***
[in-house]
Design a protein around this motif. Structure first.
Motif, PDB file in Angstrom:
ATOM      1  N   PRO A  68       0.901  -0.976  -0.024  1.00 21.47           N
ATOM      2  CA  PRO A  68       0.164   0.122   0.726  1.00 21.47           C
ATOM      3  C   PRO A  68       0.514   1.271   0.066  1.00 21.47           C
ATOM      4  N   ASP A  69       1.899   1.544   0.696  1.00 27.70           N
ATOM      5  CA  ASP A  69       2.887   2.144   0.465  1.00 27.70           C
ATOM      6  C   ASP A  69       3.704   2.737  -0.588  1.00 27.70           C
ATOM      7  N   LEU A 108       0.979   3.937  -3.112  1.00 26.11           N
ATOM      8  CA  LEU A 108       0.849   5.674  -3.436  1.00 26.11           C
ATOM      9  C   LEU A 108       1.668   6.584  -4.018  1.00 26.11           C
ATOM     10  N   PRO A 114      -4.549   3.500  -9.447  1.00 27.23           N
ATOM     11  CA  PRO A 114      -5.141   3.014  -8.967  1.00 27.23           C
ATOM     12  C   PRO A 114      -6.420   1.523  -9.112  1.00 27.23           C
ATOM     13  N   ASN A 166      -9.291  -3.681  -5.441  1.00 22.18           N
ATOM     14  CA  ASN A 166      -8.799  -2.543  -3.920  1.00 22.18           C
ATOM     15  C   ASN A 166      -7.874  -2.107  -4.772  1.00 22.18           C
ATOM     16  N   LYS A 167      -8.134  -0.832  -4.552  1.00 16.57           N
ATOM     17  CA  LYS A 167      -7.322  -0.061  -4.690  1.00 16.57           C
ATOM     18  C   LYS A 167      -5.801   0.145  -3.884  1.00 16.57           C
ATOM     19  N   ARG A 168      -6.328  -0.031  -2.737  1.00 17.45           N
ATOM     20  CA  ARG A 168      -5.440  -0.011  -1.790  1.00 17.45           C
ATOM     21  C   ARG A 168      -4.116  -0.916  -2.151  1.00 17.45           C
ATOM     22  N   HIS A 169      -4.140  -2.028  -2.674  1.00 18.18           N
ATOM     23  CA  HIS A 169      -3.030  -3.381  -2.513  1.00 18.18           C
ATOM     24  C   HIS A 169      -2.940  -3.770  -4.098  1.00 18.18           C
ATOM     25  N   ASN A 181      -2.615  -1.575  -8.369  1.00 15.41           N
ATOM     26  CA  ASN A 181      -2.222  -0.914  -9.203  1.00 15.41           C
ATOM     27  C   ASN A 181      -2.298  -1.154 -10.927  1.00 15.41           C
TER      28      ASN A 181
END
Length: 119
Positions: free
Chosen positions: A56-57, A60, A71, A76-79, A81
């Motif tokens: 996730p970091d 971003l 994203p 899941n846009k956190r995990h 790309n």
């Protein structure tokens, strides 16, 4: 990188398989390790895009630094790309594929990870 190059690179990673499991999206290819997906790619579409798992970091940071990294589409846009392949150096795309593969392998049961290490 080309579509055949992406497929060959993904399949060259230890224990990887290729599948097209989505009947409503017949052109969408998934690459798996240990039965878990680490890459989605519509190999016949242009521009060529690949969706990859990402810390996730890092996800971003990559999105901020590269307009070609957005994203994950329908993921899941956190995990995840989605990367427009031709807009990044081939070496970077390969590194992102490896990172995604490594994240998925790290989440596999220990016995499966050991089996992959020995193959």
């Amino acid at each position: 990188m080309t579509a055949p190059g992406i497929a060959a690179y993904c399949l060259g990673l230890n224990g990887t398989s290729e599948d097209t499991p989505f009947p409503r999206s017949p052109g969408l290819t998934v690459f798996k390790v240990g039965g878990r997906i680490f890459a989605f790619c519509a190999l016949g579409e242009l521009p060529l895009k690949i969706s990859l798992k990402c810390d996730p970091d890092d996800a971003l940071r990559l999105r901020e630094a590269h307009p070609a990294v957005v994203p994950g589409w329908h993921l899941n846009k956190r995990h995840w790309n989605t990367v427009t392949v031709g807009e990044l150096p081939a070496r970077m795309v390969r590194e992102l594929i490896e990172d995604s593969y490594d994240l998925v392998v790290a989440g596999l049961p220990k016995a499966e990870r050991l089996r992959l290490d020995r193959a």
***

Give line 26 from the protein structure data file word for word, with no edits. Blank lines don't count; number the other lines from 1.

ATOM     23  CA  HIS A 169      -3.030  -3.381  -2.513  1.00 18.18           C